The Supreme Court had five same-sex marriage cases before it this term, all vying to be the one. There was the Utah case (Herbert v. Kitchen), in which three same-sex couples sought to overturn a statewide vote banning gay marriage. There was the Virginia case (Rainey v. Bostic), which began when two men who've been together for nearly 25 years sought a marriage license in Norfolk. Then there was an Oklahoma case (dating all the way back to a 2004 lawsuit), an Indiana case (filed just earlier this year) and one in Wisconsin (representing eight more couples seeking state recognition).
In all five cases, circuit courts had struck down state bans on gay marriage. And in all five cases, those rulings have been on hold while everyone waited for the Supreme Court to weigh in. The only question was which case the high court might chose to usher in a definitive civil-rights ruling on the constitutional right to gay marriage. The prospect of such a ruling, colleague Robert Barnes wrote of this new term, "would impart landmark status on a docket that so far lacks a blockbuster case."
Today, in a decision that surprised many court-watchers, the nine justices chose none of the above. With no explanation — and no sense of how many or which justices made this decision — the court declined to review any of these cases. As a practical matter, that means the lower circuit court rulings now stand. As of Monday afternoon, same-sex couples in Virginia could marry. The same will be true soon not just in the other four states, but likely in additional states also covered by the Fourth and Tenth Circuits. In effect, it looks likely that gay marriage will soon be legal in 30 states, with more to come.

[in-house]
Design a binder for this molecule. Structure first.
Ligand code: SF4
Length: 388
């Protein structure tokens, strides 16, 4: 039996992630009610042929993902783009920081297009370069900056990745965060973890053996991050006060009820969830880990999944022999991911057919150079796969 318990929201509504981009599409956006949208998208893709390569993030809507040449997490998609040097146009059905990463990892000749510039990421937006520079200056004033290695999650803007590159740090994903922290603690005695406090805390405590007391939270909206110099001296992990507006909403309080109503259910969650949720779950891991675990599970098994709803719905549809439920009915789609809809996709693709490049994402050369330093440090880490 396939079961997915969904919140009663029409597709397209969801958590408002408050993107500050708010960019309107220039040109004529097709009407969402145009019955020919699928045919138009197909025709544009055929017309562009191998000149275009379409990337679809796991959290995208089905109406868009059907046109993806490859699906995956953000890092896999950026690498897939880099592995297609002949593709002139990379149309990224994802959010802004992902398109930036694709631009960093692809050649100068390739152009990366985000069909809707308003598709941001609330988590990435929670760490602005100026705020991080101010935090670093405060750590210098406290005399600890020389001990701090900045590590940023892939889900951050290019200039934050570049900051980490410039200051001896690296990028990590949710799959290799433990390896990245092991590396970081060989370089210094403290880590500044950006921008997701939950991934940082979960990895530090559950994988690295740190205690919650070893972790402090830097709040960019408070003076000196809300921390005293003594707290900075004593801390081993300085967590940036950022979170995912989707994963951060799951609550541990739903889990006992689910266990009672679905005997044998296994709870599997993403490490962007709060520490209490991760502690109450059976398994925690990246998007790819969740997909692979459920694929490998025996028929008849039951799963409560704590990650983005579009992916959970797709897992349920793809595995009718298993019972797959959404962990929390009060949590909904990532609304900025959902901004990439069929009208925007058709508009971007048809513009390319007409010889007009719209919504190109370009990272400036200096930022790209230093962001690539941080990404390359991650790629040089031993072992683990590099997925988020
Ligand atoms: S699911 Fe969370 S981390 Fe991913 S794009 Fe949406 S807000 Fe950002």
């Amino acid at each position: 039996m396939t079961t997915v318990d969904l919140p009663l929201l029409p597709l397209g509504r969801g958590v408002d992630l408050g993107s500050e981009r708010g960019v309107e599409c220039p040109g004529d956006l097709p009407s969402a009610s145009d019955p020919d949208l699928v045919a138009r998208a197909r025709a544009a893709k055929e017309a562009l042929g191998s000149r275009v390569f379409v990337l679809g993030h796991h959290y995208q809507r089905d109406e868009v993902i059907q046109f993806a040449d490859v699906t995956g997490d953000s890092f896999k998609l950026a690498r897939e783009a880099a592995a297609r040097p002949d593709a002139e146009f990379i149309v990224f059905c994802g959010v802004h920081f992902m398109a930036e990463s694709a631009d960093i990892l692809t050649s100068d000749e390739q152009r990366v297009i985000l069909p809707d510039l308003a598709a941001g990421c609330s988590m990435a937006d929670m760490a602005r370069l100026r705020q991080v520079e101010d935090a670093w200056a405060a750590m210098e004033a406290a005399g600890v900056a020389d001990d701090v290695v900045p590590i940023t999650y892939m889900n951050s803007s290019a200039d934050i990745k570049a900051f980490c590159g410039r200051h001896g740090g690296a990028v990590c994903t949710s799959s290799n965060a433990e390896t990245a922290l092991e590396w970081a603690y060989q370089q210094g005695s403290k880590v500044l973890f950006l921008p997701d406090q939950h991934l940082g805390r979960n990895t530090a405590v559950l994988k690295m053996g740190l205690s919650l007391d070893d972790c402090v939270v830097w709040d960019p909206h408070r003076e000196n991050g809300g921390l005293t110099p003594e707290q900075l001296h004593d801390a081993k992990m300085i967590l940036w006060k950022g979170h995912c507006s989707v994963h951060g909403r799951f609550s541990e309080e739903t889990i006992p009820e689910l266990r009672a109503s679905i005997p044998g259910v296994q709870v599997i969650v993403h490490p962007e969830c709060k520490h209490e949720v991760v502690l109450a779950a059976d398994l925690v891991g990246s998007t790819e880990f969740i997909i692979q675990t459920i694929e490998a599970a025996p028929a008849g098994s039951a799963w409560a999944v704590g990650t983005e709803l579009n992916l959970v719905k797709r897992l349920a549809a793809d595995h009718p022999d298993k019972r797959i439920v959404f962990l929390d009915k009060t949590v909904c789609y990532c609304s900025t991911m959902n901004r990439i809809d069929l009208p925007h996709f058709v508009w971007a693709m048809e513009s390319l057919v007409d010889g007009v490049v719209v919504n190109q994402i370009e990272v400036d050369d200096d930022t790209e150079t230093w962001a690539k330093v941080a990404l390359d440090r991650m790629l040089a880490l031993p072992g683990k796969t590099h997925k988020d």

As a legal matter, the implications of Monday's decision are less clear-cut. Anyone hoping for a definitive, end-of-discussion Supreme Court decision on gay marriage this coming year will not get one. That means that while the court just delivered good news to gay couples in Virginia, it didn't directly do much for same-sex couples in Nebraska or Tennessee.
But there's also another interpretation of what the court said today in not saying much at all. As Amy Davidson at the New Yorker put it, the seemingly elusive "historic fifty-state case might already be on the books."
She's referring to last year's historic DOMA decision, in which the court ruled that the federal government can't discriminate against gay couples living in states that have legally recognized their marriages. At the time, the Supreme Court declined to rule on a second related case, challenging California's same-sex marriage ban, that could have set a broader precedent, either upholding or striking down state gay marriage bans across the country. The court dodged the decision by dismissing that case on procedural grounds. Together, the two cases yielded an unfinished victory for gay-rights supporters.
In the year since then, however, lower courts have repeatedly borrowed the legal logic and language of the DOMA decision to do what the Supreme Court itself did not, declaring state marriage bans unconstitutional. And by effectively leaving those decisions intact Monday, the court has chosen not to object to that interpretation of its own ruling.
In other words, the court's decision to say nothing at all right now may mean that it already said more on gay marriage than many realized.